Repair + Service: Oris calibre 605

IMG_5605This Oris came over from the US, and Van sent it in. The power reserve hand turns freely, so there doesn’t seem to be any connection.IMG_5607

The movement looks clean, but I can already see that something is missing…IMG_5609

The dial is in great condition.


The auto winder gears.IMG_5615

The movement without the auto winder.IMG_5620

The barrel has a little differential on top to drive the power indication. On the top right side of the barrel, the winding wheel arbor for ratchet wheel 605-1338 is missing.IMG_5623

The barrel assembly.IMG_5628

The gear train is below an extra bridge.IMG_5630

And now the gear train is visible. You can tell from the escape wheel that this is a pin pallet movement.IMG_5632

The construction of the winding / setting mechanism reminds me of some pocket watches.IMG_5736

The parts are ready for reassembly.IMG_5737

As usual, I start off with the balance jewels.IMG_5738

Now the gear train goes in.IMG_5740

The replacement winding wheel arbor has larger pivots than the orginal, so I have to broach the plate a bit.IMG_5741

Now the new arbor fits. IMG_5744

I also have to broach the bridge for the arbor.IMG_5749

Now I can put the bottom plate back together.IMG_5751

That’s as good as it gets for a pin pallet movement.IMG_5754

I have two more missing parts for the power reserve indication – the first and second indicator connecting wheels (1327 & 1328) are missing as well.IMG_6372

I contact Oris directly and ask them if they have the parts. Straight away, I get a very nice email from Tamara who works at Oris, telling me that their watchmakers are looking for the parts. Soon afterwards, I receive confirmation that the parts were found, and that they are on their way to the workshop – free of charge! Now that’s what I call unbeatable customer service! I wish other brands were as helpful.IMG_7855

Now the hands go on.IMG_7856

I had the case replated by Peter from – as usual, splendid work!IMG_7857

The watch is back together and looking great.IMG_7859Peter also told me that he had an orginal Oris strap in stock, and I order it from him as a little surprise for Van. A great looking watch, and quite a rare one on top.


12 thoughts on “Repair + Service: Oris calibre 605

  1. The overall experience of having this watch serviced by Christian was exceptional, from the delightful customer service at Oris to the unexpected surprise of the added strap (thanks again!)

    You mentioned the strong performance of the movement despite being pin pallet; I find it fascinating that, until 1966, the Swiss Watch Statute (1934) had prevented Oris from making jeweled lever movements, despite repeated petitions. Because of that, Oris really refined the pin pallet movement to about its ultimate evolution, producing pin pallet movements that rivaled Swiss lever movements in timekeeping precision.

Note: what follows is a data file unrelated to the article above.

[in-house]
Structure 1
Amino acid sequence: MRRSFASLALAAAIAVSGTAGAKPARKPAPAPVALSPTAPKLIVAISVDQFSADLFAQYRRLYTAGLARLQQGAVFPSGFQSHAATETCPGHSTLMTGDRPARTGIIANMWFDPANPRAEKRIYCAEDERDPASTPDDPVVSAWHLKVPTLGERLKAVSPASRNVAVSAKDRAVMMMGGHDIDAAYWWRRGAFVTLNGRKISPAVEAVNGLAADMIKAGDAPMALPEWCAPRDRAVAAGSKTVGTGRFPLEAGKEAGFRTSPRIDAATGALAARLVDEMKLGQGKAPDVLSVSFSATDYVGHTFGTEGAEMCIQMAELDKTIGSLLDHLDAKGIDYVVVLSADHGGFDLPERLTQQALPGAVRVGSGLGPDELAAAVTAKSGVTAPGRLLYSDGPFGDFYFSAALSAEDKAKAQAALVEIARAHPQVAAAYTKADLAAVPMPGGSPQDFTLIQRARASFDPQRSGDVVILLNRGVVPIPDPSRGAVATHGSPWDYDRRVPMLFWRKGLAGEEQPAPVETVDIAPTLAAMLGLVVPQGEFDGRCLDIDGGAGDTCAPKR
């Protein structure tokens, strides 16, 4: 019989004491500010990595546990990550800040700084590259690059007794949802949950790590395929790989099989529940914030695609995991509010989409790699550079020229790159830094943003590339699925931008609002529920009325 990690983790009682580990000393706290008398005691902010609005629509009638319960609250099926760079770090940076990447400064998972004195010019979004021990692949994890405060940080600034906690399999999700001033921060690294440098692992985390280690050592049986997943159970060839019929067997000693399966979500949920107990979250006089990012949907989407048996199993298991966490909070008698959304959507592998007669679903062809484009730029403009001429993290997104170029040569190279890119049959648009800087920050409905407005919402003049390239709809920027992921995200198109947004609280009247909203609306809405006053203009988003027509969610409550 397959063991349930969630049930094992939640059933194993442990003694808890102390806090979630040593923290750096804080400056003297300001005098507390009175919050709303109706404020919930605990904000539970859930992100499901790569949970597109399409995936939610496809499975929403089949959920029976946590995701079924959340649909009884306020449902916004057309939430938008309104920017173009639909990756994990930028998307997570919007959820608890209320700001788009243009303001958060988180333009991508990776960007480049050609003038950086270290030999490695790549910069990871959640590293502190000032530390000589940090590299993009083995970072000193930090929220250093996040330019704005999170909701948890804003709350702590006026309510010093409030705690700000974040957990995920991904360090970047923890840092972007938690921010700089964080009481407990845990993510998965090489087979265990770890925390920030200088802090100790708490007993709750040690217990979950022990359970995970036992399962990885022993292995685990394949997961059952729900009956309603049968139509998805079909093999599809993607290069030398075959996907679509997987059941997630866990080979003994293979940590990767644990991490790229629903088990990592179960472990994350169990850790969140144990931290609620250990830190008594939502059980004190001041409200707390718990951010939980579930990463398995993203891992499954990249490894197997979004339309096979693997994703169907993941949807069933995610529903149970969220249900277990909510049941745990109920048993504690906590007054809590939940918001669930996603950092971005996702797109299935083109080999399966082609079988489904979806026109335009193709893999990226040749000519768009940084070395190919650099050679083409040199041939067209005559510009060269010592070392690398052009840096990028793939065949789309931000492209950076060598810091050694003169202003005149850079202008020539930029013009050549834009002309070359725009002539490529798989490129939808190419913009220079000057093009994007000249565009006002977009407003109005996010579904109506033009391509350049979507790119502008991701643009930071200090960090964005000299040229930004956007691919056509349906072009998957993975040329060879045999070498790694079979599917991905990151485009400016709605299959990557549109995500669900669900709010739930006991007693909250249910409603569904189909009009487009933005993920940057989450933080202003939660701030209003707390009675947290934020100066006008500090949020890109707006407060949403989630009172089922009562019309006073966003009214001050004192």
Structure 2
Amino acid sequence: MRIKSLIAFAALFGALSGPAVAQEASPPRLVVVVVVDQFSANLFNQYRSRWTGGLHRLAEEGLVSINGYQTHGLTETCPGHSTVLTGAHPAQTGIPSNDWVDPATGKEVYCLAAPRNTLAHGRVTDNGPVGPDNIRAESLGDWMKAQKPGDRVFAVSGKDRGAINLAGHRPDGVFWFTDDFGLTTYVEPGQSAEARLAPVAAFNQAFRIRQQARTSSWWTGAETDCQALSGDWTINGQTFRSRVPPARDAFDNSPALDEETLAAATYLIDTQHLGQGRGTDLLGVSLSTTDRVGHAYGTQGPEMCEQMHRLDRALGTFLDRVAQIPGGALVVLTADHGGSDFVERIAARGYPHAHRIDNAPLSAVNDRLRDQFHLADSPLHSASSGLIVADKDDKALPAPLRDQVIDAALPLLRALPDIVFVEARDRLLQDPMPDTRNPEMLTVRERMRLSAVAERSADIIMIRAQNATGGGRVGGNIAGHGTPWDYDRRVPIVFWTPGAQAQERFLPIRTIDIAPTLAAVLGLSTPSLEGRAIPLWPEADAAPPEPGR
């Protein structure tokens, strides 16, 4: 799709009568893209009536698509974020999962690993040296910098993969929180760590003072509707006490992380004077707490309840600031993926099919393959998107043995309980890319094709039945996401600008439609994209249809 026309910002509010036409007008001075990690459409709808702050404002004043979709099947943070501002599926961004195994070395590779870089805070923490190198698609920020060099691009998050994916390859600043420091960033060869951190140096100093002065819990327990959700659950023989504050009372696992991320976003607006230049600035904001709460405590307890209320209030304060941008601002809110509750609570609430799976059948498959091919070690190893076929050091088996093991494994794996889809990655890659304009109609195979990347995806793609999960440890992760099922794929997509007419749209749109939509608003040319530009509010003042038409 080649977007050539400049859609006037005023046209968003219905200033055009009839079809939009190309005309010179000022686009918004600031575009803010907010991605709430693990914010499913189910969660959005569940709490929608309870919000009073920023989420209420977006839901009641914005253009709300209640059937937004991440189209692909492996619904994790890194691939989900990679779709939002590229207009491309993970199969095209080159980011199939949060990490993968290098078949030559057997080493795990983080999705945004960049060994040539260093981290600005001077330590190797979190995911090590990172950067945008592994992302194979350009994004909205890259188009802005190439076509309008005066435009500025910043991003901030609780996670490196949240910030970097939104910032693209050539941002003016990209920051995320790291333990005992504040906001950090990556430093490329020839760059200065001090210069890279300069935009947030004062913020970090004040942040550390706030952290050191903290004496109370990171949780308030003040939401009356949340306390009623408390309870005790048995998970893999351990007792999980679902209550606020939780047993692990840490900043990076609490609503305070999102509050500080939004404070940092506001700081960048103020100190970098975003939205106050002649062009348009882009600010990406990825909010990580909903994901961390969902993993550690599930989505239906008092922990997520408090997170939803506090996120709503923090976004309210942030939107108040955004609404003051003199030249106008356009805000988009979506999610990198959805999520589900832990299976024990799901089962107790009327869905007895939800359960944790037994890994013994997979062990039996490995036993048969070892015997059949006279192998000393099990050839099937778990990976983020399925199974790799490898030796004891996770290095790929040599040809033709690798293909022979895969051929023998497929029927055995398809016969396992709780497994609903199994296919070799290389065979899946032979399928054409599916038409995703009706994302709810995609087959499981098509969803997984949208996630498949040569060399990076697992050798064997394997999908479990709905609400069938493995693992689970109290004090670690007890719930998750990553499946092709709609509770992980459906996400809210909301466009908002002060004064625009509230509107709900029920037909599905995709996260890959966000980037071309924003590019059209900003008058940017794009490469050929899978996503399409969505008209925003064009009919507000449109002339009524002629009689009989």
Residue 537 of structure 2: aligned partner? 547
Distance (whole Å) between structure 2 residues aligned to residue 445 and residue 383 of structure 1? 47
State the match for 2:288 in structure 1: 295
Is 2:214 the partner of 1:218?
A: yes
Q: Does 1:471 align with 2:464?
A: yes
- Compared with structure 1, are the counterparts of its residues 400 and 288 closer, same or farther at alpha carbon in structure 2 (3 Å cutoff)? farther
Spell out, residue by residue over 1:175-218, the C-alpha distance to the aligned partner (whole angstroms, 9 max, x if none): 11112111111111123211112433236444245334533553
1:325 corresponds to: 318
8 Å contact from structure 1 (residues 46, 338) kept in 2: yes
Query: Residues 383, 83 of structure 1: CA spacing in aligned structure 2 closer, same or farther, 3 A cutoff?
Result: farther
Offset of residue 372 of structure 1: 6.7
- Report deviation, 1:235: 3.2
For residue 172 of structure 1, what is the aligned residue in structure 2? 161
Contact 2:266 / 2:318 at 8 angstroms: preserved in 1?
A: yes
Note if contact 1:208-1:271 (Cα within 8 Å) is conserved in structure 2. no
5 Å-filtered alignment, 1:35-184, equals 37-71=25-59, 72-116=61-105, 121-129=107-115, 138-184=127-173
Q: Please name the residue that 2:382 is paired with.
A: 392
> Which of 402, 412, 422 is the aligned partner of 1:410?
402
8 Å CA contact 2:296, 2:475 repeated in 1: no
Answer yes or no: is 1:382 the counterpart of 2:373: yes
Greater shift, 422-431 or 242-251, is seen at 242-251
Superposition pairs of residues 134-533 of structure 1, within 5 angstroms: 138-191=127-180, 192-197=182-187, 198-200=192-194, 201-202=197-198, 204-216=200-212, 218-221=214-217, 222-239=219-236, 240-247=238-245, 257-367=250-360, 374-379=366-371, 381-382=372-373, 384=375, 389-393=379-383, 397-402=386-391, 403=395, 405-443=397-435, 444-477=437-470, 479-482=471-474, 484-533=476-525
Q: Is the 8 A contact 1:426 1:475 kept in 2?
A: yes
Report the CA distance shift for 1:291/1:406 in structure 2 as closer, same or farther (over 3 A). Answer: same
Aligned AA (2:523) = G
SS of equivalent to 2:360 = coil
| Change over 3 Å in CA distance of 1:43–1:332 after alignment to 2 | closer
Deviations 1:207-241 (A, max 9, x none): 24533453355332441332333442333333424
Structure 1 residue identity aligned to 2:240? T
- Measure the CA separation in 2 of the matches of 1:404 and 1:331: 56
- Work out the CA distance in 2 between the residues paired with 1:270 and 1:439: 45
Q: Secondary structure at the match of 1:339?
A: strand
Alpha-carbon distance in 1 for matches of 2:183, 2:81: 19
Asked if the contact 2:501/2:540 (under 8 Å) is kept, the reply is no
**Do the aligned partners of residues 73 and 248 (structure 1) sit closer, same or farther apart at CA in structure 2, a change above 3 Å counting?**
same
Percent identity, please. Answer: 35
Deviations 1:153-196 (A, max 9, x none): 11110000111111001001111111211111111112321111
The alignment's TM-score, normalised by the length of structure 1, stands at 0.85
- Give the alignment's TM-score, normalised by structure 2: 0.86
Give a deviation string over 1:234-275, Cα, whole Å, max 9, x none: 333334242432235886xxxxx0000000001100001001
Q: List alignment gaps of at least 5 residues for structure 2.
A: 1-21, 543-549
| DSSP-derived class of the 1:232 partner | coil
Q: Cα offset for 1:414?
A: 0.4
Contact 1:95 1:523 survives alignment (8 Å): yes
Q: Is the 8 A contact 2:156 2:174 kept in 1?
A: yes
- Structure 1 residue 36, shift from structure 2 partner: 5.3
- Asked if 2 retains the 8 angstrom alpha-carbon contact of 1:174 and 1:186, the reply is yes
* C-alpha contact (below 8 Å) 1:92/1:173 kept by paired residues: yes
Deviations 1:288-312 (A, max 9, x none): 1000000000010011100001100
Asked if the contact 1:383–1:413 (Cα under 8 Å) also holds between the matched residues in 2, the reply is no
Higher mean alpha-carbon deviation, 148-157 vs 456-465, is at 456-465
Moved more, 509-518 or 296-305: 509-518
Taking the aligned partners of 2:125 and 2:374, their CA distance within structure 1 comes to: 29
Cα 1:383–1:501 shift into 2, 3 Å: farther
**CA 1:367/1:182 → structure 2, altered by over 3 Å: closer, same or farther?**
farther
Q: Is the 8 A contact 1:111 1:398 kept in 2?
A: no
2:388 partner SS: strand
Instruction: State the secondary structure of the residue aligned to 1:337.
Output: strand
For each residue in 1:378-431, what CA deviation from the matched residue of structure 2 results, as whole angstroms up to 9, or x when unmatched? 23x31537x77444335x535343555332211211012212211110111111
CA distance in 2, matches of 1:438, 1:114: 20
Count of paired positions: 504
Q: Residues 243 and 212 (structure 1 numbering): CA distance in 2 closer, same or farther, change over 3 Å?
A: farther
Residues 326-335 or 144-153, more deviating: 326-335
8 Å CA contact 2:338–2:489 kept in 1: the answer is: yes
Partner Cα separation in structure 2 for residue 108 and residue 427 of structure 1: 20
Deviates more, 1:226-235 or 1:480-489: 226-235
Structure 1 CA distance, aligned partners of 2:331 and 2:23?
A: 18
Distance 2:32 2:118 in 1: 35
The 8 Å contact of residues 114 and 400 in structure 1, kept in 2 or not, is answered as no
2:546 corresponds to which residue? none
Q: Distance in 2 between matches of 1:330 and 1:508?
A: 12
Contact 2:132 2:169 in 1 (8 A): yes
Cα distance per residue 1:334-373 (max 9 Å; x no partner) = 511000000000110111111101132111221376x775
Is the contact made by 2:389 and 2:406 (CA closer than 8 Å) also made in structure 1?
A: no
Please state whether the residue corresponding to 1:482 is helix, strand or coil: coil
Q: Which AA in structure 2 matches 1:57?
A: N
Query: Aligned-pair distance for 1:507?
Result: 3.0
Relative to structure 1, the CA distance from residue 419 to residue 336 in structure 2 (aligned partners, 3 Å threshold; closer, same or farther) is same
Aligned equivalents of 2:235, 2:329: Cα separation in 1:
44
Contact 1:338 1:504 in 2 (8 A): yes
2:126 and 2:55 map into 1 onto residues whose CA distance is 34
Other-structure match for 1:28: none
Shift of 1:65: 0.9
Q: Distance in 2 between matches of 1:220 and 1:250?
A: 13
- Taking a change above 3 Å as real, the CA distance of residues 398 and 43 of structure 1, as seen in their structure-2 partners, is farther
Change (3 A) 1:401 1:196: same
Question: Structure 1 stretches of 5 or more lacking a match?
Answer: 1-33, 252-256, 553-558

Of course, once granted permission to build Swiss lever movements, they earned their first Swiss Chronometer rating for one of their movements within 2 years for their Cal 652 movement! 😉

    At any rate, unbeatable service all around — thank you Christian!

    • One question for Van, and one for Christian:

      Van, any idea why the Swiss Watch Statute prevented Oris from making lever movements?

      Christian, why is a 2.5ms beat error as good as it gets for a pin pallet movement?

      • Sorry, that was misleading. I did adjust the beat error afterwards. I wanted to refer to the shape of the lines – this is pretty typical for pin pallet movements.

      • My understanding is that the Swiss Watch Statute limited the number of watch makers who were legally allowed to manufacture the ‘Swiss Lever’ movement, by law.

        I’m taking most of the following from an article on

        Oris applied repeatedly to be allowed to join this elite group of Swiss watchmakers, and in 1956 then managing director for Oris Oscar Herzog hired Rolf Portmann and assigns him the task of working to overturn the statute that is preventing Oris from switching from making pin-lever escapements to making more expensive Swiss lever ones. The law says no watch company can make such a change without the government’s permission.

        After a decade of campaigning to have the Watch Statute reversed, Portmann succeeds, and Oris is allowed to make Swiss lever escapement watches. Its first is the automatic Caliber 645.

        So … if nothing else, it tells us that the Swiss have been highly manipulative of the watch industry for years. What’s happening with restriction of parts from Swatch Group to independent watchmakers today is simply the latest example of this sort of buggery …

  2. Very nice of Oris to send out bits FoC… you can tell they only _used_ to be part of the Swatch group 😉

    Lovely looking watch – especially after the TLC!

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